Project profile: Medical center expansion
The project used several innovative strategies to save energy and reduce harmful emissions into the community.
Project name: Bayhealth phase 2 expansion: pavilion and central utility/services building
Project type: New construction
Engineering Firm: EwingCole
Building type: Hospitals/health care facilities
Location: Dover, DE
Timeline: 2005 – 2012
Bayhealth Medical Center’s phase 2 pavilion is part of EwingCole’s ongoing master plan expansion of Bayhealth’s Kent Campus, located in Dover, DE. The $140 million, 391,000 sq ft project connects to existing facilities and is also designed as a base for a future 7-story patient tower. An important design consideration of the project was to create a new entrance to the overall site; the skylit entry canopy and lobby connect patients and visitors to existing hospital functions as well as to the new 375-car parking garage. Functionally, the program includes a emergency department with helipad, an integrated oncology center, a conference and training center, central sterile department and compounding pharmacy.
Central Services Building
A new Central Services Building provides a central utility plant, among other services, segregating support functions from patient flow. The Central Services Building is also designed for automated transport of materials. The Emergency Department, designed to accommodate 60,000 visits per year, includes 43 treatment spaces designed with a universal room concept that can accommodate a variety of uses including exam, trauma, fast track, decontamination, and psychiatric care. A dedicated imaging suite is located adjacent to the Emergency Department.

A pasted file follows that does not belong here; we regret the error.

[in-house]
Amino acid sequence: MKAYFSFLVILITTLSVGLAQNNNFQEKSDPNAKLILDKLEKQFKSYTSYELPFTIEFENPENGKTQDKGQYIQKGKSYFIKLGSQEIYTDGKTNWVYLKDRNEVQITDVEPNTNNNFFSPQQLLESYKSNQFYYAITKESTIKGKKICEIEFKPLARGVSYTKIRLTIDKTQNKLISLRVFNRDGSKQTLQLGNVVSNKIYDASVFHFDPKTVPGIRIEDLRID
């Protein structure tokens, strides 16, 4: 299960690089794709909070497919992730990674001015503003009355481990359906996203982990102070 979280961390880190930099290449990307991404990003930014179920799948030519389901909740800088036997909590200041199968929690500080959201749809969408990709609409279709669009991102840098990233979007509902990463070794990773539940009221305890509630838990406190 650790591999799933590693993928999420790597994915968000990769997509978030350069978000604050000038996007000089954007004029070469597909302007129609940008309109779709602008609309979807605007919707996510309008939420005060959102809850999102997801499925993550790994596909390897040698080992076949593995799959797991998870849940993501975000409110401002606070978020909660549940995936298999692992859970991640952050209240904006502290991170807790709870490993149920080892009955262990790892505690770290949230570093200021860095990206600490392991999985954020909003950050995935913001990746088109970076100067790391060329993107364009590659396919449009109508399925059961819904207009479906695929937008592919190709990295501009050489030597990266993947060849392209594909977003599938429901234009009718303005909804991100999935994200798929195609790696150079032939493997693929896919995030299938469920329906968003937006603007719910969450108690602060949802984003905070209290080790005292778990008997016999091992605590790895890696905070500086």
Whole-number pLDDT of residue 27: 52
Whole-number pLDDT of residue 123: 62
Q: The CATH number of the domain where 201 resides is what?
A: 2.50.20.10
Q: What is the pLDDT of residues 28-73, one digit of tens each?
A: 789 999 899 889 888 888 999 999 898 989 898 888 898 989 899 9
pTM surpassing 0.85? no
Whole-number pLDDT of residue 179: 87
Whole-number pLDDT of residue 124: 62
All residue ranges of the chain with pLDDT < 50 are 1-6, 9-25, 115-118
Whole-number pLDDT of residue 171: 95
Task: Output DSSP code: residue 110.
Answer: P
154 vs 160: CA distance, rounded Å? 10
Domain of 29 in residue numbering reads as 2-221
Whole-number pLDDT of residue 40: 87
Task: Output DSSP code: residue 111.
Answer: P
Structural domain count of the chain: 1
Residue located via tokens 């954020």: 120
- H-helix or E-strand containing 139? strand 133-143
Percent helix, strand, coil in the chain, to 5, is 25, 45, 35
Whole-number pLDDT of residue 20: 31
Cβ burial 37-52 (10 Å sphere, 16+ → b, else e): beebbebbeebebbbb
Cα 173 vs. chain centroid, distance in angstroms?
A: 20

The new oncology center offers radiation oncology on the first floor and medical oncology on the second. Radiation oncology includes three linear accelerators and one CT-HDR unit, exam rooms, clinical and administrative support. Medical oncology provides 24 chemotherapy treatment spaces, with exam rooms, a dedicated pharmacy, lab, administrative and physician offices. The spaces blend clean white surfaces with pops of cheerful color enhanced by natural images and textures, melding cutting-edge medical technology with a patient-friendly atmosphere.
The design of the chiller plant provides full serviceability to all components. Space was allocated for removal of pump motors and pull clearances for cleaning chiller tubes. A hoist system permits easy removal of chiller heads for tube removal and inspection. Rooftop structural dunnage with grated walkways provides full access to all cooling tower components, including piping and accessories hung beneath the dunnage. Space provisions for future equipment within the footprint of the current building ensure adequate capacity can be accommodated for construction projects in the near future. Furthermore, the building was designed for future expansion to house additional equipment to support construction projects in the long term. Provisions for equipment redundancy were also included in the design, since continued operation of the hospital is critical in the event of not only mechanical failure, but also a natural disaster.